Although problems sometimes cropped up, I interacted with my problems with a play mindset and discovered multiple possibilities to move forward and grow.

I didn’t know how to take pictures, write descriptions, or price things to start but I was able to learn a lot by searching for similar items listed in the online marketplace.

After my first couple of sales, I had run out of small Amazon boxes and couldn’t ship anything else until I had the right-sized more expensive boxes. But then I discovered how to cut up large (cheap!) moving boxes into custom sizes and I was able to start shipping again.

While a majority of potential customers were kind, others berated me for quirks of the specific selling platform. Especially after I started listing clothing, I became the subject of some sexual harassment. I might have shown my frustration back to them before. But after putting myself into my customer’s mindset by re-selling my own things, I’m always reminded of myself when I interact with my customers and find it easier to be understanding and move forward rationally.

Pricing is not set by the seller

It may seem like the price is set by the seller. As a buyer, whether you go to a supermarket or Amazon, you already see a price tag on every good. As a seller, when you list something, you’re asked to enter the price.

But that’s an illusion.

In reality, pricing is set by the market. That’s why if demand decreases, prices tend to drop. That’s why sellers participate in holiday and other promotional sales discounts.

In the resale market, items are usually discounted to 20-80% of the original cost but sometimes go for much, much higher. People also bargain.

When I started reselling, I had a firm notion of the value of my things. I wanted to sell for close to the original cost. But, then as I kept selling, I developed a finer eye for timing and a neutral, no-assumptions mindset when it came to pricing.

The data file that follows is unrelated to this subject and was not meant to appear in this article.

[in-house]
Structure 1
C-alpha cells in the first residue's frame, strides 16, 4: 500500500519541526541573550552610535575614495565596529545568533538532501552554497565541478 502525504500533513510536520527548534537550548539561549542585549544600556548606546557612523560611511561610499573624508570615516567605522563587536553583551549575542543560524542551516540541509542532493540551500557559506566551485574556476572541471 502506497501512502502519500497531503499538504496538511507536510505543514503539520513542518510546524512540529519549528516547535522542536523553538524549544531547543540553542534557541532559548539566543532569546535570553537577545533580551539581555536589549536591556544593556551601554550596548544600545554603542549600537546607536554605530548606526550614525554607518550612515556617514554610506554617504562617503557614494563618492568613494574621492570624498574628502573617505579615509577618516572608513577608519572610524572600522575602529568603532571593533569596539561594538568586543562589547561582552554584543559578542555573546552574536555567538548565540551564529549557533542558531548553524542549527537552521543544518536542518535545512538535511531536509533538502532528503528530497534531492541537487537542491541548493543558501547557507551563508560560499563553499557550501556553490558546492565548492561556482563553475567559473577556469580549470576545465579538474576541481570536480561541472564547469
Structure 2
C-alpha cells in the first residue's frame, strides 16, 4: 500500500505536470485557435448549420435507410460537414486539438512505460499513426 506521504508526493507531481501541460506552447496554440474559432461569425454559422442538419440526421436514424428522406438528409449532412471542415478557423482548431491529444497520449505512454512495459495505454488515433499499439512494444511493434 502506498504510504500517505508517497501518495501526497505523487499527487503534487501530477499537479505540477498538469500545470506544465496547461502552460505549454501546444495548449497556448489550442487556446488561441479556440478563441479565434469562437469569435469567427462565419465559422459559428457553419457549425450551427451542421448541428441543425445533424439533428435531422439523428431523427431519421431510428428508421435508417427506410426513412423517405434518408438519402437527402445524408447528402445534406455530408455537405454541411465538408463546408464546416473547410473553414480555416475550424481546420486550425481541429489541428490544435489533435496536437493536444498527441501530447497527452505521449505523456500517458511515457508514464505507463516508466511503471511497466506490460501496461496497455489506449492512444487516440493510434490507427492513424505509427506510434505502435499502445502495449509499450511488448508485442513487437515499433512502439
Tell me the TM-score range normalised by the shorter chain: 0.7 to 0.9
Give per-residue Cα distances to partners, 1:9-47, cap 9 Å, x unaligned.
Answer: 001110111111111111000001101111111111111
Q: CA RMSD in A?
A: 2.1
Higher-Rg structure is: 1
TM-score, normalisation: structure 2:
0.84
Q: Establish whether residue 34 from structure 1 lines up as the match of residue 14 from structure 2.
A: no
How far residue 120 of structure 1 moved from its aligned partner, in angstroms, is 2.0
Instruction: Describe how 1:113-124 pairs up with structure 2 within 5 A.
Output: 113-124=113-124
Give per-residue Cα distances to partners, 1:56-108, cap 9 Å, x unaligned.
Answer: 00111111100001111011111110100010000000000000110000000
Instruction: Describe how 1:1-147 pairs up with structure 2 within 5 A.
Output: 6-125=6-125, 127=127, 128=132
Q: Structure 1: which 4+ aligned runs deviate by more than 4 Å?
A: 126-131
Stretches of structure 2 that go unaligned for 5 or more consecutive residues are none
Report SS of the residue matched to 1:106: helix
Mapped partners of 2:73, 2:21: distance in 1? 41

The potential of niches

I only knew of Craigslist when I got started. But after I explored, I’ve discovered a couple of platforms that do really well for specific kinds of items. eBay is great for branded items, electronics, and random piles of junk (for real!) because the eBay Buyer protection is very established and there’s a lot of serious and eclectic buyers on the platform. Depop is a good fashion marketplace with a fantastic Instagram-like shopping feed and fashion specific filters. Facebook Marketplace has been my go-to for everything else because you do local or shipping very easily, their shipping + seller fees are the lowest across online marketplaces, and there’s a LOT of people on Facebook.

There will likely be more such platforms in the future. New features will better support niches as people evolve and trends change. I’ve noticed people build large followings on these online marketplaces as they resell existing products or create new physical products. So this experiment with selling something online could even result in a future career.

But all that just starts with something simple. Find something you don’t use or never used at home and list it on a marketplace.


Thanks to Bea, Parthi, Piyali, Joey, Anant, and Shawn for reading early drafts.